In this sense, there is a need to honestly question the desirable mode of agriculture in Ireland and the responsible direction that we want it to take. This will require thinking not just about modes of production but practices of consumption as well. After all, in a world of rising obesity rates, diet-related illnesses and increasingly unsustainable meat-based eating patterns worldwide, we cannot continue on the path of industrial agriculture that has dominated for the last 100 years. The natural comparative advantages possessed in Ireland for grass-based meat and dairy production is certainly emphasised in Food Wise 2025, with repeated mention to the sustainability credentials of Irish food production and our unique positioning to market clean, green food. However, thought needs to be given to the type of diet we are intrinsically promoting by publishing this strategy and the impact that this might have – on global health, obesity rates, food accessibility, climate change and wider environmental degradation. In this sense, it is imperative to think beyond a national strategy like Food Wise 2025 to address global societal issues in a responsible manner. If Ireland can produce meat and dairy in a more sustainable manner compared to typically more carbon intensive practices elsewhere in the world, then we must verify this claim with scientific evidence, seek out special dispensation in policy contexts (e.g. regarding agricultural greenhouse gas emissions) and foster trading that results in Ireland supplying responsible amounts of this type of food to the world. In this way, a geographically variegated global agriculture system can emerge, where nations produce what they are best at from physical, environmental, social and economic standpoints. Such an approach however must be backed by appropriate dietary plans and nutritional health guidelines if we are to address the prevailing global burden of disease and climbing obesity rates. In this regard, further opportunities could exist for Ireland in the production of more sustainable, plant-based proteins. In terms of scale, however, current milk production in Ireland accounts for only 0.9% of the global milk supply, producing just 5.5 billion litres of the 720 billion litres of milk produced annually (ICOS, 2015). Even with the much hyped abolition of milk quotas and a 50% increase in Irish milk output, while important in a national context, will still only account for a little over 1% of the global milk supply. It is clear that we are a long way from solving the world’s food and climate crisis.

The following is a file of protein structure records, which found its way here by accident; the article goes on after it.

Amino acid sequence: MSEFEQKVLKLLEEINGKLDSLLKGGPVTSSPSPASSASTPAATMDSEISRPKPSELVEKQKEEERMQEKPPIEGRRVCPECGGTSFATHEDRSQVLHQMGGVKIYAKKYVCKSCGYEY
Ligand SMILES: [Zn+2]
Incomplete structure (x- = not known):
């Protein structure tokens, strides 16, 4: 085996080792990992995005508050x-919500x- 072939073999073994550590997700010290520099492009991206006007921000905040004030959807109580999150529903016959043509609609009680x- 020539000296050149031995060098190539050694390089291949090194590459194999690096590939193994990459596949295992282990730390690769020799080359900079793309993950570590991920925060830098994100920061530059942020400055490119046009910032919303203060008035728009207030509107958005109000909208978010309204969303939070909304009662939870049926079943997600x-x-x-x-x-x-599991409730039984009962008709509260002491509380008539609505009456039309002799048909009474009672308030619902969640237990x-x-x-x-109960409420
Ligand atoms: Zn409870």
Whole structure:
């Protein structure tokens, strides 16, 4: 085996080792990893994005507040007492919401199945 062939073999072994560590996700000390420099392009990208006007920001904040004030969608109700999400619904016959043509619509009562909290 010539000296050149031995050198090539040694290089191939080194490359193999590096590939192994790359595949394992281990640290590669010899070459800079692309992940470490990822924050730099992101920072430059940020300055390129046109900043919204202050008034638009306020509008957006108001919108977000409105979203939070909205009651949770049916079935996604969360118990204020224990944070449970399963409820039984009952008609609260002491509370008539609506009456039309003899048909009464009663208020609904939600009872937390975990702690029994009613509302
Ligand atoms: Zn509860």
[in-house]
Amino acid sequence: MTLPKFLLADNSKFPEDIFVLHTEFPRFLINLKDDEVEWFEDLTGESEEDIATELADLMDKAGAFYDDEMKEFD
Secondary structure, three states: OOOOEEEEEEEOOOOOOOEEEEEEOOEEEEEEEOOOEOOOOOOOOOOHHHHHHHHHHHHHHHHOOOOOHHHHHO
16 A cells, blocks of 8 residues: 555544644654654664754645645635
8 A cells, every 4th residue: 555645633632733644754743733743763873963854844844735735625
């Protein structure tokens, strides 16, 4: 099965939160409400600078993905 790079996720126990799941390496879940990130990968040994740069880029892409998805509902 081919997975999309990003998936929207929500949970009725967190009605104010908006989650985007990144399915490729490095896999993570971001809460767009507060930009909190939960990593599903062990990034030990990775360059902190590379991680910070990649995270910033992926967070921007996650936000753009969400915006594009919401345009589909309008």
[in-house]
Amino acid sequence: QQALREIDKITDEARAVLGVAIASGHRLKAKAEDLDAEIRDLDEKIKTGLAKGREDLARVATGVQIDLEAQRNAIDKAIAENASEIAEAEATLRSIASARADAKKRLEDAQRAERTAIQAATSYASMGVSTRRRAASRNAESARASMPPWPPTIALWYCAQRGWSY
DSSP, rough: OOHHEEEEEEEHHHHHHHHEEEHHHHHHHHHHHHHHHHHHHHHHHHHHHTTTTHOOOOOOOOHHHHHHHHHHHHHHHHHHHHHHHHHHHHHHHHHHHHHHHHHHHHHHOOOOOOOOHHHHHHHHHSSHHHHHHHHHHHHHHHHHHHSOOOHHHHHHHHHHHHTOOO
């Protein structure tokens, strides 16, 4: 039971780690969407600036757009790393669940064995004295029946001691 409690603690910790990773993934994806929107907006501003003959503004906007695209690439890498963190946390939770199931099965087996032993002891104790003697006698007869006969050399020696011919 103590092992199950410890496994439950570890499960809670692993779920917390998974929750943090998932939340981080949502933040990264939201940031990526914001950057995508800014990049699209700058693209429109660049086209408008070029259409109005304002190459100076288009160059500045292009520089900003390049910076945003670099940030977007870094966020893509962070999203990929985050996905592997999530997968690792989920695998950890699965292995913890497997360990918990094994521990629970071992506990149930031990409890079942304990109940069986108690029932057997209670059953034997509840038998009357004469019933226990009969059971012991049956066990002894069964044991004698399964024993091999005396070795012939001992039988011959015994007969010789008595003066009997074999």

As a result, the Department may benefit from some wider thinking relating to developing the overall bioeconomy in Ireland – the latest buzzword circulating to capture economic activities related to the use of biological and renewable resources. Spanning agriculture, food, marine, forestry and energy sectors, there are abundant opportunities available in Ireland to create sustainable bio-based chemicals, products and services, from the development of novel functional foods to the creation of sustainable bio-based packaging to replace traditional petroleum-based plastics. Furthermore, the prospect of cascading effects between our natural resource sectors possesses even more potential. As the adage goes, “one man’s trash is another man’s treasure”, with potential for the waste of one sector to serve as an input and feedstock for another (e.g. agricultural waste to produce bioenergy or marine waste to develop biochemicals). This presents opportunities for real shifts in how we produce everyday items and meet societal consumption needs. It is where opportunity lies for Ireland to move towards a sustainable, low carbon economy, fostering a new wave of growth in an economically, socially and environmentally sustainable manner. Such transformations however will require a shift in thinking away from sectoral specific, nationally based strategies such as Food Wise 2025, to instead examine the bigger picture internationally and foster collaboration between previously divided sectors. While there is no silver bullet or easy pathway to follow, it is in this way that we might begin to address global environmental and societal challenges. From this perspective, Food Wise 2025 is thus only one of many steps in the path to a more sustainable future.

Overall, in its current format, the publication of Food Wise 2025 raises more questions about the future of agri-food than it answers. As a statement of intent for the Irish food industry, it sets out broad ideals of where we want to progress with our most traditional indigenous industry. How we specifically get there and what milestones we need to look for along the way are less clear and must be addressed. In this sense, there is potential for more specific roadmaps to be developed with defined and quantifiable milestones, perhaps in tandem with the final Environmental Analysis Report due in September. Monitoring progress of Food Wise 2025 is also paramount, with potential roles for a dedicated implementation committee to assess growth and impact.  Agri-food stakeholders across government, industry and civil society need to probe deeper for a truly wise strategy that acknowledges international health and environmental trends and proffers an Irish solution to global problems. In the wise words of Miles Kington: “Knowledge is knowing that a tomato is a fruit, wisdom is not putting it in a fruit salad”. To be truly wise about our agri-food strategy, yes we need to know our current resource base, but wisdom will only come when we consider how and where this potential is best placed for optimal economic, social and environmental impact.

Dr. Laura Devaney was a postdoctoral researcher on the CONSENSUS project and led their latest HomeLabs research working to promote more sustainable food consumption in the home. For more information, and headline results, visit: http://www.consensus.ie/wp/homelab/